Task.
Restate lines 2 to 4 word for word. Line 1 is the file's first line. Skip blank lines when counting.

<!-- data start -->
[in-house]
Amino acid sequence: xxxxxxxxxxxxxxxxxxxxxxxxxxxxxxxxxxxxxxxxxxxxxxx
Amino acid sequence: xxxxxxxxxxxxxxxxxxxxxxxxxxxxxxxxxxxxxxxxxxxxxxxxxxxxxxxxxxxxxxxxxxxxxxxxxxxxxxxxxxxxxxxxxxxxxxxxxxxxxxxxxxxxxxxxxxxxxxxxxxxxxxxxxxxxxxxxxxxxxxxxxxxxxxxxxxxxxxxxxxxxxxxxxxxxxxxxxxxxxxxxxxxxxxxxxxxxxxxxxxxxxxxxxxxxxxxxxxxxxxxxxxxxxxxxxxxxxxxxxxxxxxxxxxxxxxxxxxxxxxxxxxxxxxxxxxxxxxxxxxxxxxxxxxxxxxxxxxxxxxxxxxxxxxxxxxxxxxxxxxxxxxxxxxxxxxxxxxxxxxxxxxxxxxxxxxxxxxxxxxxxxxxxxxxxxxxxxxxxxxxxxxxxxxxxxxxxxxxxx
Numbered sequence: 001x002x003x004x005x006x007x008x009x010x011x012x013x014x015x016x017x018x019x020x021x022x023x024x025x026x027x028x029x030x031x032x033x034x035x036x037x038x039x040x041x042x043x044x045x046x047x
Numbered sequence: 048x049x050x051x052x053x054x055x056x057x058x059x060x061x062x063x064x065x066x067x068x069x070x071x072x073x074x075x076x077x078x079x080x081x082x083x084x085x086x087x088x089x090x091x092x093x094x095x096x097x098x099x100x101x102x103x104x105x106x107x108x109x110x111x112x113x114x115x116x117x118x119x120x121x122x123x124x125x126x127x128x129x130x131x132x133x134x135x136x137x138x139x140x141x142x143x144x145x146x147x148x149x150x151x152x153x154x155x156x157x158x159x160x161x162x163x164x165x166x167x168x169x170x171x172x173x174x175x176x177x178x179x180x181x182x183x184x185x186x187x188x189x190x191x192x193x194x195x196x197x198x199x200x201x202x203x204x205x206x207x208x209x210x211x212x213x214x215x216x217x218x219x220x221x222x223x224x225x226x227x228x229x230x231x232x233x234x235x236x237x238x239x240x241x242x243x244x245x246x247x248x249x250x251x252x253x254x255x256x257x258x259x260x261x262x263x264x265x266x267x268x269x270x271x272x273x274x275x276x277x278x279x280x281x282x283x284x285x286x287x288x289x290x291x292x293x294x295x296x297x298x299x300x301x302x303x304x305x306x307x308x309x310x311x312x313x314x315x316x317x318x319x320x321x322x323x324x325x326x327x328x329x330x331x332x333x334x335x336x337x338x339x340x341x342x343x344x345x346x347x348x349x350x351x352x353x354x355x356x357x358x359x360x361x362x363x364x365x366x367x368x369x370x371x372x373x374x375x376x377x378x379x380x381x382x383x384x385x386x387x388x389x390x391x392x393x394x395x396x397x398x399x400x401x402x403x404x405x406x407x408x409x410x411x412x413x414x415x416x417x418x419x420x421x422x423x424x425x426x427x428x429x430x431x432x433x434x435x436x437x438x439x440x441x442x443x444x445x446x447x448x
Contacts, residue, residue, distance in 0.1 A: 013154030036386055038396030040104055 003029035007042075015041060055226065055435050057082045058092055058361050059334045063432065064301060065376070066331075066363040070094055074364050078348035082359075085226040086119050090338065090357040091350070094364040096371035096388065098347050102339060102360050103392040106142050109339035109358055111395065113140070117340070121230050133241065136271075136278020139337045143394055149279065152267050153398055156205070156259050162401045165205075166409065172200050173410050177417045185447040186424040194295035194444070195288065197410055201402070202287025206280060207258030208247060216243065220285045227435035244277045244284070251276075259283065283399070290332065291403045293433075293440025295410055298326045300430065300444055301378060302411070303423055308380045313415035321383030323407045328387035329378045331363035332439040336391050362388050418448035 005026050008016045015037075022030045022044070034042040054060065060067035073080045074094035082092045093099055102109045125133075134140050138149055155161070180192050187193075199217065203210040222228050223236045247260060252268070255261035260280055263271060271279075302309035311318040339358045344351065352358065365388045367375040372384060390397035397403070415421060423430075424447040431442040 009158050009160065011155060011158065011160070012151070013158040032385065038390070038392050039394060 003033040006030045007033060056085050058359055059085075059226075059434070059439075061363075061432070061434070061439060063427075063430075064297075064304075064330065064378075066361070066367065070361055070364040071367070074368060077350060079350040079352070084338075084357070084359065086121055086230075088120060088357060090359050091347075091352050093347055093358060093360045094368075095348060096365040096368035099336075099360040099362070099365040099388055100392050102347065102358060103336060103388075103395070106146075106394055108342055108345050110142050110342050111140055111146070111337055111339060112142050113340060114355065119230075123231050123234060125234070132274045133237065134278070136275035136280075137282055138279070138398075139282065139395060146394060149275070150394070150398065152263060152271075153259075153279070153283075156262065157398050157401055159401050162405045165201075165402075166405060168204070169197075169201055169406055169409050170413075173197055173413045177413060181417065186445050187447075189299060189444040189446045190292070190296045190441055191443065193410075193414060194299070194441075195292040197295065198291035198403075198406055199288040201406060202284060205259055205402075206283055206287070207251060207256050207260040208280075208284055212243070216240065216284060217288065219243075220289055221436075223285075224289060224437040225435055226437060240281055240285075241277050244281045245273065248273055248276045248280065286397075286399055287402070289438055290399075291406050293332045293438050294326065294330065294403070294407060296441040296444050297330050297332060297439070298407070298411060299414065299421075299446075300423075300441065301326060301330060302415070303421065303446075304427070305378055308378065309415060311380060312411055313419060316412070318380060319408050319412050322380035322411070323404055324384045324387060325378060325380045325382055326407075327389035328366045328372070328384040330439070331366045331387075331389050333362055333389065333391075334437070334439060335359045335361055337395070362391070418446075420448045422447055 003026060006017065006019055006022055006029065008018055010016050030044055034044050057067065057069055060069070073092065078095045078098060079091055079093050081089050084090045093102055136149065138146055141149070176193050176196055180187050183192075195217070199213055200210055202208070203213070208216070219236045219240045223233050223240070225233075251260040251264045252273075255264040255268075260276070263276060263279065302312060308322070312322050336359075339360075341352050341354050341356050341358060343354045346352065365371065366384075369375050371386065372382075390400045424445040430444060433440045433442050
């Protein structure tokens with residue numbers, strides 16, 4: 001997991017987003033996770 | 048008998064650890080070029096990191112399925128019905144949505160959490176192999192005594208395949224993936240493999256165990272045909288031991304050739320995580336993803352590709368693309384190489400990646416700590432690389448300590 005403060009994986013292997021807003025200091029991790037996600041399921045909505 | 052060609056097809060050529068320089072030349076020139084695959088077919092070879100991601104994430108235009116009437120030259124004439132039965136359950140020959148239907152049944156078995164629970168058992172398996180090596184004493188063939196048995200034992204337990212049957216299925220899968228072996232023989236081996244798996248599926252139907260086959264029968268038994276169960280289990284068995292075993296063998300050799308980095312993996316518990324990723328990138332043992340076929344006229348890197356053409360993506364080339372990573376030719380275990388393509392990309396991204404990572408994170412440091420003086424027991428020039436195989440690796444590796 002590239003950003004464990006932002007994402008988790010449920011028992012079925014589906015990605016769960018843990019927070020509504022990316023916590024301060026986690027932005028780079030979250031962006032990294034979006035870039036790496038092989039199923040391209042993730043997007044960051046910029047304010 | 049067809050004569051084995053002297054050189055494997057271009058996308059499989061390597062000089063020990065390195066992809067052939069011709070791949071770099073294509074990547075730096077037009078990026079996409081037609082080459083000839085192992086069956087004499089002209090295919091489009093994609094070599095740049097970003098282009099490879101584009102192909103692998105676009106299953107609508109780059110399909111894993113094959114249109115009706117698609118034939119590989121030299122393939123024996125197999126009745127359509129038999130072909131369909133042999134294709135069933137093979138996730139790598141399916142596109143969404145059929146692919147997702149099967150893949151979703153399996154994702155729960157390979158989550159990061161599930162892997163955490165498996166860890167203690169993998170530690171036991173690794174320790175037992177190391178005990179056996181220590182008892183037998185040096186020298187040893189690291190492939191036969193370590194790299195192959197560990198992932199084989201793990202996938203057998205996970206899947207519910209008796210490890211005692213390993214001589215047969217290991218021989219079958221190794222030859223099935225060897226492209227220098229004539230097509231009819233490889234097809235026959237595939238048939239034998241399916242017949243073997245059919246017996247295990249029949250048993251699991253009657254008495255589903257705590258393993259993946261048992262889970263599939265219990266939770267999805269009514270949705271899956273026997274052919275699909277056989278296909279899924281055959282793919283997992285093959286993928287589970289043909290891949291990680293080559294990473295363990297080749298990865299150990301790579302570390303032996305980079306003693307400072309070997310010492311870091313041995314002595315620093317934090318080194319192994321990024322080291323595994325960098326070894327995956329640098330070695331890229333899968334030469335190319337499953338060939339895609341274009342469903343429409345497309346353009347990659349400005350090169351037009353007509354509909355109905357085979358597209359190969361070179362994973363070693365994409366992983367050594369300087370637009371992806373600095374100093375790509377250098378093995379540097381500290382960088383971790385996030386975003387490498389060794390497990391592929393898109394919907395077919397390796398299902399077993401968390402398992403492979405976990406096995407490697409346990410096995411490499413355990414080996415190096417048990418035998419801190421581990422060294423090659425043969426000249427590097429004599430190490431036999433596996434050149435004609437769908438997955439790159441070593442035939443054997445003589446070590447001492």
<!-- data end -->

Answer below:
Amino acid sequence: xxxxxxxxxxxxxxxxxxxxxxxxxxxxxxxxxxxxxxxxxxxxxxx
Amino acid sequence: xxxxxxxxxxxxxxxxxxxxxxxxxxxxxxxxxxxxxxxxxxxxxxxxxxxxxxxxxxxxxxxxxxxxxxxxxxxxxxxxxxxxxxxxxxxxxxxxxxxxxxxxxxxxxxxxxxxxxxxxxxxxxxxxxxxxxxxxxxxxxxxxxxxxxxxxxxxxxxxxxxxxxxxxxxxxxxxxxxxxxxxxxxxxxxxxxxxxxxxxxxxxxxxxxxxxxxxxxxxxxxxxxxxxxxxxxxxxxxxxxxxxxxxxxxxxxxxxxxxxxxxxxxxxxxxxxxxxxxxxxxxxxxxxxxxxxxxxxxxxxxxxxxxxxxxxxxxxxxxxxxxxxxxxxxxxxxxxxxxxxxxxxxxxxxxxxxxxxxxxxxxxxxxxxxxxxxxxxxxxxxxxxxxxxxxxxxxxxxxxx
Numbered sequence: 001x002x003x004x005x006x007x008x009x010x011x012x013x014x015x016x017x018x019x020x021x022x023x024x025x026x027x028x029x030x031x032x033x034x035x036x037x038x039x040x041x042x043x044x045x046x047x